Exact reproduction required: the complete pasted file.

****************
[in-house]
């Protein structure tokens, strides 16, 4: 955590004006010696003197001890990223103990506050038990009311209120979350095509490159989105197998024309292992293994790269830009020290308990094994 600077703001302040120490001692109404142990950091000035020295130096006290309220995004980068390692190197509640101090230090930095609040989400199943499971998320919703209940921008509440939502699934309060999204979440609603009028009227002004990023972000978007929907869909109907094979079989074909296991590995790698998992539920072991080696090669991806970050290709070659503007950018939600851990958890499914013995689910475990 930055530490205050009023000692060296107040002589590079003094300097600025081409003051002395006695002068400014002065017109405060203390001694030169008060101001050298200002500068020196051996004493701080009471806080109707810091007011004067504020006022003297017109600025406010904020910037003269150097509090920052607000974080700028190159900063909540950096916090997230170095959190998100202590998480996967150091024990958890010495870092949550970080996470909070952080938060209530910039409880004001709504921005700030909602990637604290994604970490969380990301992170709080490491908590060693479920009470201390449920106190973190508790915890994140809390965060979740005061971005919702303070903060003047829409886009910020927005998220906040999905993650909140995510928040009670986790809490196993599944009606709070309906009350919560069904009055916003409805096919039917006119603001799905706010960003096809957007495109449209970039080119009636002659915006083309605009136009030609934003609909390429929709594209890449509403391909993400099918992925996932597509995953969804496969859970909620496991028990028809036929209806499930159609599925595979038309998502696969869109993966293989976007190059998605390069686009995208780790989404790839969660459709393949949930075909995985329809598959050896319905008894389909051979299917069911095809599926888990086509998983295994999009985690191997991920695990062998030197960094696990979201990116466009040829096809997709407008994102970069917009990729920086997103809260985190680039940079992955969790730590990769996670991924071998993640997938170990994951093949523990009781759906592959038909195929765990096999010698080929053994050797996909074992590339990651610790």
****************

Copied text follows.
[in-house]
């Protein structure tokens, strides 16, 4: 955590004006010696003197001890990223103990506050038990009311209120979350095509490159989105197998024309292992293994790269830009020290308990094994 600077703001302040120490001692109404142990950091000035020295130096006290309220995004980068390692190197509640101090230090930095609040989400199943499971998320919703209940921008509440939502699934309060999204979440609603009028009227002004990023972000978007929907869909109907094979079989074909296991590995790698998992539920072991080696090669991806970050290709070659503007950018939600851990958890499914013995689910475990 930055530490205050009023000692060296107040002589590079003094300097600025081409003051002395006695002068400014002065017109405060203390001694030169008060101001050298200002500068020196051996004493701080009471806080109707810091007011004067504020006022003297017109600025406010904020910037003269150097509090920052607000974080700028190159900063909540950096916090997230170095959190998100202590998480996967150091024990958890010495870092949550970080996470909070952080938060209530910039409880004001709504921005700030909602990637604290994604970490969380990301992170709080490491908590060693479920009470201390449920106190973190508790915890994140809390965060979740005061971005919702303070903060003047829409886009910020927005998220906040999905993650909140995510928040009670986790809490196993599944009606709070309906009350919560069904009055916003409805096919039917006119603001799905706010960003096809957007495109449209970039080119009636002659915006083309605009136009030609934003609909390429929709594209890449509403391909993400099918992925996932597509995953969804496969859970909620496991028990028809036929209806499930159609599925595979038309998502696969869109993966293989976007190059998605390069686009995208780790989404790839969660459709393949949930075909995985329809598959050896319905008894389909051979299917069911095809599926888990086509998983295994999009985690191997991920695990062998030197960094696990979201990116466009040829096809997709407008994102970069917009990729920086997103809260985190680039940079992955969790730590990769996670991924071998993640997938170990994951093949523990009781759906592959038909195929765990096999010698080929053994050797996909074992590339990651610790």